Making ORT a household habit

Diarrhoeal dehydration is a leading child killer in developing countries, largely because of inadequate sanitation. It claimed the lives of an estimated 2.2 million children under age 5 in 1995 alone. As many as 90% of these deaths could have been prevented with ORT (oral rehydration therapy). 

ORTódefined by WHO in 1993 as an increased volume of fluids, either oral rehydration salts (ORS) or other recommended home fluids, along with continued feedingóaddresses the dehydration promptly, by replacing body fluids lost by diarrhoea at the first sign of the disease.

Children in the 15 developing countries listed come down with diarrhoea from 2 to 6 times each year. In 10 of these countries, more than 80% of children are given ORT; in Bangladesh, Ethiopia, Indonesia and Pakistan, virtually every child is treated with ORT.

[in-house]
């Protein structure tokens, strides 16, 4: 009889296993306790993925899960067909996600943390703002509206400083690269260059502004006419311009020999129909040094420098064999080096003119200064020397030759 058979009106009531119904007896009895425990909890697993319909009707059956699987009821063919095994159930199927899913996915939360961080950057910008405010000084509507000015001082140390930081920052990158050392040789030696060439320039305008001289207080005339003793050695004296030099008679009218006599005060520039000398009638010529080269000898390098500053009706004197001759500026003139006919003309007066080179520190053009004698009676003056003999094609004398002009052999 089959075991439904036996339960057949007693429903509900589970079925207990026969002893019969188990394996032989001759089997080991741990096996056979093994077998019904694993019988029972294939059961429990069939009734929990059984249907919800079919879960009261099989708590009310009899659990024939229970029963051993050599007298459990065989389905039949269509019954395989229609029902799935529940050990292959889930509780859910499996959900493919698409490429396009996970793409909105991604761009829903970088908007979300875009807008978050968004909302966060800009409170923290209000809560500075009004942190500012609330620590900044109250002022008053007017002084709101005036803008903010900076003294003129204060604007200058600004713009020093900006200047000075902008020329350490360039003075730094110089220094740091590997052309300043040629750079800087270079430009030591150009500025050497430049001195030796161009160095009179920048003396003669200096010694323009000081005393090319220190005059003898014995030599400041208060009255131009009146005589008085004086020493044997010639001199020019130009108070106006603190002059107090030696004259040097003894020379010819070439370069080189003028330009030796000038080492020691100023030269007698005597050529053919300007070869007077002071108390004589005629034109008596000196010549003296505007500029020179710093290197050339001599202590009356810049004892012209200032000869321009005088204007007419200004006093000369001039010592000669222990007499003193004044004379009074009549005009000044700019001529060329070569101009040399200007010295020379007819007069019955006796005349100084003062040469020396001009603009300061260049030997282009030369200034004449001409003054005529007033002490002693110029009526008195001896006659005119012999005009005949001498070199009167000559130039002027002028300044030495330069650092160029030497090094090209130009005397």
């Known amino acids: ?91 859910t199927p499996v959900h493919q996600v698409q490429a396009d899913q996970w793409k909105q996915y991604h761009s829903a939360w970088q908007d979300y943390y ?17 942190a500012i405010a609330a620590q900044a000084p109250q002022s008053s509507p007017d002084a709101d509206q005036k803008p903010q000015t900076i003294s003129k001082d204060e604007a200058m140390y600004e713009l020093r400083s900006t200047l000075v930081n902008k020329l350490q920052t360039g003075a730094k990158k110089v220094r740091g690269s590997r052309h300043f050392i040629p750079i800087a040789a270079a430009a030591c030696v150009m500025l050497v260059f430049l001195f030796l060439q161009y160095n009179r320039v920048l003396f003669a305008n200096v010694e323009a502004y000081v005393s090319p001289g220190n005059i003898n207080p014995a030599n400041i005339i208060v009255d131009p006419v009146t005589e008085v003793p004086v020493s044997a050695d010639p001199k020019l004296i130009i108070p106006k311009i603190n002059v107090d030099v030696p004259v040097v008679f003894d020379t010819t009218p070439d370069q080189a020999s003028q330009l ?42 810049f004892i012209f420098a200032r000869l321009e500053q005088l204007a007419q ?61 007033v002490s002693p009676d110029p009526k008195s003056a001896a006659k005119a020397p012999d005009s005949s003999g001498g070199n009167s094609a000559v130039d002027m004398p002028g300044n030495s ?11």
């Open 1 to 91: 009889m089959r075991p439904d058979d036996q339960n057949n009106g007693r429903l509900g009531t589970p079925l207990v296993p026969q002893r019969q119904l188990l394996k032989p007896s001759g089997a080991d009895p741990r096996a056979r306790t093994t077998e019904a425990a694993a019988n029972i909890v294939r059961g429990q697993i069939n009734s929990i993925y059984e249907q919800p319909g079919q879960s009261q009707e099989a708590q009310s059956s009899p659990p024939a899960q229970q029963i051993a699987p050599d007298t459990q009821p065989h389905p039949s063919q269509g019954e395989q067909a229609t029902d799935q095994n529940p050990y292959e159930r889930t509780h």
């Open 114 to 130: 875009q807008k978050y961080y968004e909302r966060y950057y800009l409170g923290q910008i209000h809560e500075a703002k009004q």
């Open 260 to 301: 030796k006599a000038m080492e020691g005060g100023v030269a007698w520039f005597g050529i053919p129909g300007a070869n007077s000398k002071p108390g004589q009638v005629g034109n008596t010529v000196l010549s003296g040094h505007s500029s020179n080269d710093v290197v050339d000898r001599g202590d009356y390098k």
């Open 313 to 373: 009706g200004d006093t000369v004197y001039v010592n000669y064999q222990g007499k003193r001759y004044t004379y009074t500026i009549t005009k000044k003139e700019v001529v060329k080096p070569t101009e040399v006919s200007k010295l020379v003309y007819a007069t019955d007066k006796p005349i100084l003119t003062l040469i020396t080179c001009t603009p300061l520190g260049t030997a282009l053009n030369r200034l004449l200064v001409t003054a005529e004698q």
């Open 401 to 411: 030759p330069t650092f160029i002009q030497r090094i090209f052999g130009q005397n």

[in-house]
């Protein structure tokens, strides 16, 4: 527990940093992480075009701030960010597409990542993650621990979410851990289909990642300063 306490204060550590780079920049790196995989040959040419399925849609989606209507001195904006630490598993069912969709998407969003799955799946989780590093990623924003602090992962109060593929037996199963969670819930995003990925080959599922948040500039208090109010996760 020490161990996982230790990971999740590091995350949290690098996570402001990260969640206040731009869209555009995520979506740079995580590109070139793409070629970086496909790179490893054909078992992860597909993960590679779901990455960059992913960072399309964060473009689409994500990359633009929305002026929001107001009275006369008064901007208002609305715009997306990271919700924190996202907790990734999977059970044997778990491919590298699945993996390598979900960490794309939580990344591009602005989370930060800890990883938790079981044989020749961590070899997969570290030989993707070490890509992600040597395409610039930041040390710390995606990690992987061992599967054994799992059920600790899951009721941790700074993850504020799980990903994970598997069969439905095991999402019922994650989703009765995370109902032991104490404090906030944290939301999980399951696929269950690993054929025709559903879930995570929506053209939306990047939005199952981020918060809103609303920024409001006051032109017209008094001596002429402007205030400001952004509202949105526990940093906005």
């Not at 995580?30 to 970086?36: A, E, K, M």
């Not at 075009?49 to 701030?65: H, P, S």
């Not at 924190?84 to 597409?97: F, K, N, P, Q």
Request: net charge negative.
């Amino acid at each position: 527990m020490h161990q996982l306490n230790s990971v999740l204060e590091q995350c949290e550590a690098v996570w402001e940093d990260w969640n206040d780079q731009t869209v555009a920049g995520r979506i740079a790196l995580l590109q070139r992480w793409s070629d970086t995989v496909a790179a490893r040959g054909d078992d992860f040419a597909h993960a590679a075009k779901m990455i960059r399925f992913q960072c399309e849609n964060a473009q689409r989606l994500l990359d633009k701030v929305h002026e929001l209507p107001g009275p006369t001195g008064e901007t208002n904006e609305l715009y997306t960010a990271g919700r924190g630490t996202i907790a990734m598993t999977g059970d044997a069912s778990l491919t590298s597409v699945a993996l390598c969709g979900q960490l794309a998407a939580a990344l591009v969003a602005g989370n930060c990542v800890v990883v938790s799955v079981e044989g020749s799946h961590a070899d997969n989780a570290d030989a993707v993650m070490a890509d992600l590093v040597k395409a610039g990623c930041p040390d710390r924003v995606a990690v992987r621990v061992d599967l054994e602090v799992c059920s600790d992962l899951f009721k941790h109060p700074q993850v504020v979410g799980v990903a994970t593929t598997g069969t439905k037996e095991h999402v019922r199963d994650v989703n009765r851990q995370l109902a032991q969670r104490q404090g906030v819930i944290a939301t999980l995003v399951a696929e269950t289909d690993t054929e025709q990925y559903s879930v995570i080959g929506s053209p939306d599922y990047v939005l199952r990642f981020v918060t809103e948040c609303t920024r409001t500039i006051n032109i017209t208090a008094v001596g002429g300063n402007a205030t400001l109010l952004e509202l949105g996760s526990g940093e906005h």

In China, 85% of diarrhoeal episodes are treated with ORT.

Yet, while significant progress has been made in recent years, it is difficult to accurately measure the gains. A previous definition of ORT simply called for giving the child ORS or home fluids, without specifying the importance of the volume of fluids or of continued feeding. Since the definition was modified only in 1993, most survey data, including those in this table, are still based on the earlier definition. About three quarters of the households in developing countries now use ORT as defined before 1993, up from 38% in 1994. But only about one third of homes now use ORT following the new definition, a more effective treatment for diarrhoeal dehydration.

Progress in oral rehydration 
ORS/RHF* use in countries with the most diarrhoeal episodes among under-5s per year
Estimated annual
diarrhoeal episodes
% of diarrhoeal
episodes treated
China 360 85
India 310 67
Nigeria 110 86
Pakistan 90 97
Bangladesh 70 96
Brazil 50 83
Ethiopia 50 95
Congo, Dem. Rep. 50 90
Indonesia 40 99
Mexico 30 81
Philippines 30 63
Sudan** 30 35
Tanzania 30 90
Iran** 20 37
Kenya 20 76
*Oral rehydration salts/recommended home fluids. 
**Excludes RHF. 
Note: Estimated diarrhoeal episodes are best estimates from a variety of sources. 
Sources: National household surveys including DHS and MICS reports, 1993-1996.
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